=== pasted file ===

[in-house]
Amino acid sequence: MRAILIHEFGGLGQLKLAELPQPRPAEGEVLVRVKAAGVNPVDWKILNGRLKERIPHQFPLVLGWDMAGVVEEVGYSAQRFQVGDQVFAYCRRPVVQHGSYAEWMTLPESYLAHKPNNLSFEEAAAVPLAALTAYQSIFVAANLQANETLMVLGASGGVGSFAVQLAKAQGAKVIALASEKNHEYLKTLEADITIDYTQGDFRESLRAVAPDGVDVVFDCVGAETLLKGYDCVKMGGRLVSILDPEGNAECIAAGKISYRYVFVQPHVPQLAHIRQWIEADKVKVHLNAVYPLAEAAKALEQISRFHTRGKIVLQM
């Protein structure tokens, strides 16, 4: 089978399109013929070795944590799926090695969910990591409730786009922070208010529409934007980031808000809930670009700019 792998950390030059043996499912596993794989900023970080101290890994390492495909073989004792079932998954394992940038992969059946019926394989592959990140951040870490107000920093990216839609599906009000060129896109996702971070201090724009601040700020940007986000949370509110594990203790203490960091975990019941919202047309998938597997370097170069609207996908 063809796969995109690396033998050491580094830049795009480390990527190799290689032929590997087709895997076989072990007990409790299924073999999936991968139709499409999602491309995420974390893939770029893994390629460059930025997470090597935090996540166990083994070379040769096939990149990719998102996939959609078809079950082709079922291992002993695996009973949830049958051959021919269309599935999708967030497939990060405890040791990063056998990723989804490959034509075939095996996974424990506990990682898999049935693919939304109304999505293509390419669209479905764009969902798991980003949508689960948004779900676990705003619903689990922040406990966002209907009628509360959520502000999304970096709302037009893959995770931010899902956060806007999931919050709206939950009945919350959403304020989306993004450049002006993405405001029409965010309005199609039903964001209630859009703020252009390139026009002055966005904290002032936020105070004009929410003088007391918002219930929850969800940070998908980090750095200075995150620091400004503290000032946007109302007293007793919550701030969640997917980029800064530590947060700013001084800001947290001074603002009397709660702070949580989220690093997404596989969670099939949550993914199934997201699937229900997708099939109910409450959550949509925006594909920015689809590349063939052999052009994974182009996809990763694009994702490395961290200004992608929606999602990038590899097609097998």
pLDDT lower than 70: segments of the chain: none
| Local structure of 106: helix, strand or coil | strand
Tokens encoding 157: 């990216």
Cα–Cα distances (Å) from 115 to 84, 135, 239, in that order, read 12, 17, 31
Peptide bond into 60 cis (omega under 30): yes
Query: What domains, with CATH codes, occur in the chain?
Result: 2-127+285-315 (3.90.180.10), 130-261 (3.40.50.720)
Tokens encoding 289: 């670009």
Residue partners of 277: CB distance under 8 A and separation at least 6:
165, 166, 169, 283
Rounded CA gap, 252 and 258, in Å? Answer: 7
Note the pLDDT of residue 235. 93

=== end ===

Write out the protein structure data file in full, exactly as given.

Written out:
[in-house]
Amino acid sequence: MRAILIHEFGGLGQLKLAELPQPRPAEGEVLVRVKAAGVNPVDWKILNGRLKERIPHQFPLVLGWDMAGVVEEVGYSAQRFQVGDQVFAYCRRPVVQHGSYAEWMTLPESYLAHKPNNLSFEEAAAVPLAALTAYQSIFVAANLQANETLMVLGASGGVGSFAVQLAKAQGAKVIALASEKNHEYLKTLEADITIDYTQGDFRESLRAVAPDGVDVVFDCVGAETLLKGYDCVKMGGRLVSILDPEGNAECIAAGKISYRYVFVQPHVPQLAHIRQWIEADKVKVHLNAVYPLAEAAKALEQISRFHTRGKIVLQM
């Protein structure tokens, strides 16, 4: 089978399109013929070795944590799926090695969910990591409730786009922070208010529409934007980031808000809930670009700019 792998950390030059043996499912596993794989900023970080101290890994390492495909073989004792079932998954394992940038992969059946019926394989592959990140951040870490107000920093990216839609599906009000060129896109996702971070201090724009601040700020940007986000949370509110594990203790203490960091975990019941919202047309998938597997370097170069609207996908 063809796969995109690396033998050491580094830049795009480390990527190799290689032929590997087709895997076989072990007990409790299924073999999936991968139709499409999602491309995420974390893939770029893994390629460059930025997470090597935090996540166990083994070379040769096939990149990719998102996939959609078809079950082709079922291992002993695996009973949830049958051959021919269309599935999708967030497939990060405890040791990063056998990723989804490959034509075939095996996974424990506990990682898999049935693919939304109304999505293509390419669209479905764009969902798991980003949508689960948004779900676990705003619903689990922040406990966002209907009628509360959520502000999304970096709302037009893959995770931010899902956060806007999931919050709206939950009945919350959403304020989306993004450049002006993405405001029409965010309005199609039903964001209630859009703020252009390139026009002055966005904290002032936020105070004009929410003088007391918002219930929850969800940070998908980090750095200075995150620091400004503290000032946007109302007293007793919550701030969640997917980029800064530590947060700013001084800001947290001074603002009397709660702070949580989220690093997404596989969670099939949550993914199934997201699937229900997708099939109910409450959550949509925006594909920015689809590349063939052999052009994974182009996809990763694009994702490395961290200004992608929606999602990038590899097609097998």
pLDDT lower than 70: segments of the chain: none
| Local structure of 106: helix, strand or coil | strand
Tokens encoding 157: 């990216």
Cα–Cα distances (Å) from 115 to 84, 135, 239, in that order, read 12, 17, 31
Peptide bond into 60 cis (omega under 30): yes
Query: What domains, with CATH codes, occur in the chain?
Result: 2-127+285-315 (3.90.180.10), 130-261 (3.40.50.720)
Tokens encoding 289: 């670009």
Residue partners of 277: CB distance under 8 A and separation at least 6:
165, 166, 169, 283
Rounded CA gap, 252 and 258, in Å? Answer: 7
Note the pLDDT of residue 235. 93